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Comment: Re:A lot of the online gambling industry is locate (Score 0, Flamebait) 58 58

Surely the proposal will be scuttled when the realize that driving the gambling operations out of the province will sharply reduce the number of them that give due prominence to French language text; and acknowledge the right of the people to lose money without brutalizing exposure to anglicisms.

Comment: Re:It's not designed to dogfight. Lowest priority. (Score 2) 711 711

Technically the gun 'works'; but the vendor is too half-assed to actually provide drivers for the gun until some later revision, for which we will presumably pay more.

Optimists prefer to focus on the fact that, in order to preserve the oh-so-sexy-low-radar-signature design, the system only holds 200 rounds, so nobody expects much of it even when the pilot is able to use it.

Comment: Re:Linux everywhere. (Score 1) 26 26

Is there anywhere that the 'Warrior' design actually exists in any form more advanced than internal or very-select-partners-only engineering samples?

Based on what is written about them, they seem fairly interesting; but they don't actually seem to exist anywhere. You can get relatively low end MIPS cores in a lot of routers and such (ramips based devices and some broadcom) and much punchier hardware from outfits like Cavium; but the field is pretty empty of the 'warrior+powerVR' SoCs that are proposed in various slide decks. The CI20 is still based on the JZ4780, from Ingenic's 'if you really can't afford a fancy Allwinner' line of penal CPUs; but no warrior.

Comment: Umm... (Score 1) 145 145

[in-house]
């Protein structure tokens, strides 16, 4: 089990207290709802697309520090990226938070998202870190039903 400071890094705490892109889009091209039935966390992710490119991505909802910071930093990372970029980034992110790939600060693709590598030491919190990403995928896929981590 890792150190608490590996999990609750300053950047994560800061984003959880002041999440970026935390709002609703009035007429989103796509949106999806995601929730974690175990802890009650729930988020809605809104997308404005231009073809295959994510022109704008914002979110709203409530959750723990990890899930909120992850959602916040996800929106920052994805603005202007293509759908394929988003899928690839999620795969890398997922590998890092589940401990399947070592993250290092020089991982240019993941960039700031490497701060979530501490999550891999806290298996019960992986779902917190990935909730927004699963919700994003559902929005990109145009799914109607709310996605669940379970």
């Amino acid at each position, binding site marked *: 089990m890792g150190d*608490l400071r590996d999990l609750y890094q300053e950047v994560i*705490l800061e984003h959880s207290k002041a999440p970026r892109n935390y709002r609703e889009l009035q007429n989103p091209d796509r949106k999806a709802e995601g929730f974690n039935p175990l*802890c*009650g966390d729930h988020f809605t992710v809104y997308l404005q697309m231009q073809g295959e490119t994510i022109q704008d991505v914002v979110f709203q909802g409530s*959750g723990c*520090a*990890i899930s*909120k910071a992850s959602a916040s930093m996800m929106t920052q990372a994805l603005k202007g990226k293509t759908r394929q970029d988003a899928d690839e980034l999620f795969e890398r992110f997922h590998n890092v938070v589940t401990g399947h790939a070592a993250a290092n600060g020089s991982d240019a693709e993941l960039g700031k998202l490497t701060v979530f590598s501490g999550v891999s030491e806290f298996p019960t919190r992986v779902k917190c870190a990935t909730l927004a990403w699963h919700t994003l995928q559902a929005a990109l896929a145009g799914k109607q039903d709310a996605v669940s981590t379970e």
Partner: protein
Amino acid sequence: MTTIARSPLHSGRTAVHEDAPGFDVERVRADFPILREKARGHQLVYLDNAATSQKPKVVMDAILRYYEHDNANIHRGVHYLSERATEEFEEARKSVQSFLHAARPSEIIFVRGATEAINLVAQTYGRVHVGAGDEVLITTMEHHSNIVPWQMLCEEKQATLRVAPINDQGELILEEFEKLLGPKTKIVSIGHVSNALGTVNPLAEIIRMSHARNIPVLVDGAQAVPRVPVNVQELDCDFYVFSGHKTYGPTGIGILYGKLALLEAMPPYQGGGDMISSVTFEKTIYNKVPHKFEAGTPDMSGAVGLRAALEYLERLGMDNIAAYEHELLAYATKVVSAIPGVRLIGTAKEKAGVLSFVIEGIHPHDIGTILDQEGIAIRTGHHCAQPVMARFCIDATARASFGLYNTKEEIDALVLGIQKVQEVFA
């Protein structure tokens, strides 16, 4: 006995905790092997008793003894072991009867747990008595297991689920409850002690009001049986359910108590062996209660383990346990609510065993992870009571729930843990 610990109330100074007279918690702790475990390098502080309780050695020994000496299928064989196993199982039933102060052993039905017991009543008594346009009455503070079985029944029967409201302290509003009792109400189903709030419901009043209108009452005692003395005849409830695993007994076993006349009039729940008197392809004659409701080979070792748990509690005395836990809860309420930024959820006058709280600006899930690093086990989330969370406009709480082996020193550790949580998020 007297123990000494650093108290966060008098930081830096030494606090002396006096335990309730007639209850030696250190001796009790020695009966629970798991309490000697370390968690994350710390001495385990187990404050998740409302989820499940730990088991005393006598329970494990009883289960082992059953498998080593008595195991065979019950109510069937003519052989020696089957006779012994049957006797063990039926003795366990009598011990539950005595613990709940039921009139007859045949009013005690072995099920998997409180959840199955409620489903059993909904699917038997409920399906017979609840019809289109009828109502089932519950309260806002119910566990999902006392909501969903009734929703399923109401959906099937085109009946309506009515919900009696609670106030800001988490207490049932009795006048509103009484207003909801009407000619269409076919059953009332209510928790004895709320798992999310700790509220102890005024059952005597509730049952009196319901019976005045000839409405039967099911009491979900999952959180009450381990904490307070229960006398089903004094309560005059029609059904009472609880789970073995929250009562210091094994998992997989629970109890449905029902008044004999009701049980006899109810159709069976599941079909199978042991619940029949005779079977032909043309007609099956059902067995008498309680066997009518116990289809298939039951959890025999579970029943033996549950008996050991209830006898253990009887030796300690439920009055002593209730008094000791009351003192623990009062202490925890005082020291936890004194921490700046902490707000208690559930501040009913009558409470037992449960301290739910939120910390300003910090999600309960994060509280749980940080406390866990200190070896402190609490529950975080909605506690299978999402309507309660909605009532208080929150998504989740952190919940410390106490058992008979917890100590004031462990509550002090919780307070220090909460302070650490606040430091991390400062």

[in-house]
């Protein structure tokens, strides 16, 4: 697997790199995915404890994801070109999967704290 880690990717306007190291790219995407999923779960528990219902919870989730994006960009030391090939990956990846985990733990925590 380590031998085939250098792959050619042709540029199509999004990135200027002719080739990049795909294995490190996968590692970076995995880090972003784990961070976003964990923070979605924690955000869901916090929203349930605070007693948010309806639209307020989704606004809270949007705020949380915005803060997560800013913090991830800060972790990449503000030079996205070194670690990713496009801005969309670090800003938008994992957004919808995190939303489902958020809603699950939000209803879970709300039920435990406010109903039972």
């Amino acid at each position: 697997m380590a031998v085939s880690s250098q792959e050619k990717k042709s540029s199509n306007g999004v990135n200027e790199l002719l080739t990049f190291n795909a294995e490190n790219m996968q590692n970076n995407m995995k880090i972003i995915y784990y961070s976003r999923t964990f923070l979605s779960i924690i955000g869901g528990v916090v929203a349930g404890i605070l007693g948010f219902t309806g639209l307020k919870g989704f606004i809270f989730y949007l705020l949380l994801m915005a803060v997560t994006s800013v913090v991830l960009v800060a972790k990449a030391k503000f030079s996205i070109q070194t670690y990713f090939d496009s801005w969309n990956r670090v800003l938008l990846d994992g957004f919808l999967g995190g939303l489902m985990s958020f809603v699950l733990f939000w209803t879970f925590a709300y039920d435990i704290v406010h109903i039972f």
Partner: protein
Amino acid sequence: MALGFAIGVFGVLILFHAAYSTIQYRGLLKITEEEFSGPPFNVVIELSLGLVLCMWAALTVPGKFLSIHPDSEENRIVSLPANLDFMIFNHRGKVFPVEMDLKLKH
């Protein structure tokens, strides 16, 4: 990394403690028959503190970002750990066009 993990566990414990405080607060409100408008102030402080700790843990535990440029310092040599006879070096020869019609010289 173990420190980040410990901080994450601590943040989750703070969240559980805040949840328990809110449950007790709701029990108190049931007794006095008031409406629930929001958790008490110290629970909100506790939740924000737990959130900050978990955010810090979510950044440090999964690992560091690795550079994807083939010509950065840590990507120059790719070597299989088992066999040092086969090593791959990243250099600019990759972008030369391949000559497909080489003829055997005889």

It seems like a commonplace that not every line-of-business java slinger is going to make use of the more elegant mathematics being worked out on the edges of 'computer science'; but isn't this issue already addressed by the fact that things like 'software engineering' are distinct courses of study, with a different emphasis?

Also, why do we care what a former biologist, now sci/tech article writer for the WSJ has to say about technology-related education? Is there some connection that I'm missing?

Comment: Re:a bright future (Score 1) 39 39

Some of the (often excitingly dreadful) stuff used by the orbital-launch rocketry guys might beat hydrocarbons on pure energy density; but I suspect that civil aviation may not be ready for hydrazine spills on busy runways and range safety officers blowing up the occasional airliner.

The exciting thing about solar aircraft(aside from it being cool that they are possible) is that, if you can get efficiency high enough, they are basically your only option for long-to-indefinite loiter. In-air refuelling costs a small fortune, so hydrocarbons are mostly out; and nuclear, the only other long-lasting fuel source; has been explored; but you don't name a project after the god of the underworld because it satisfies more conservative risk analysis.

Comment: Re:Precedent (Score 2) 62 62

Even without a formal system of precedent, and treating prior cases as authorities to be cited, I'd imagine that the outcomes of past cases, and the various arguments and concepts employed, likely have an influence on future cases, at least those where the person overseeing them is undecided or has no particular opinion on the matter.

At least in the US, that seems to be a factor when(for some reason of how the courts are structured and arranged) a given court decision is not official precedent for the purposes of another court; but still has a decent shot at being cited if it framed the issue persuasively. It's not 100%, it might also be mentioned in the process of vehemently disagreeing with the decision of the other court and politely-but-brutally rubbishing their line of thought; but even without binding legal obligation to consider a given case, sufficiently similar past cases tend to help shape future thinking on the matter(as well as encouraging or discouraging prospective litigants).

Comment: I'd certainl yhope so... (Score 4, Insightful) 62 62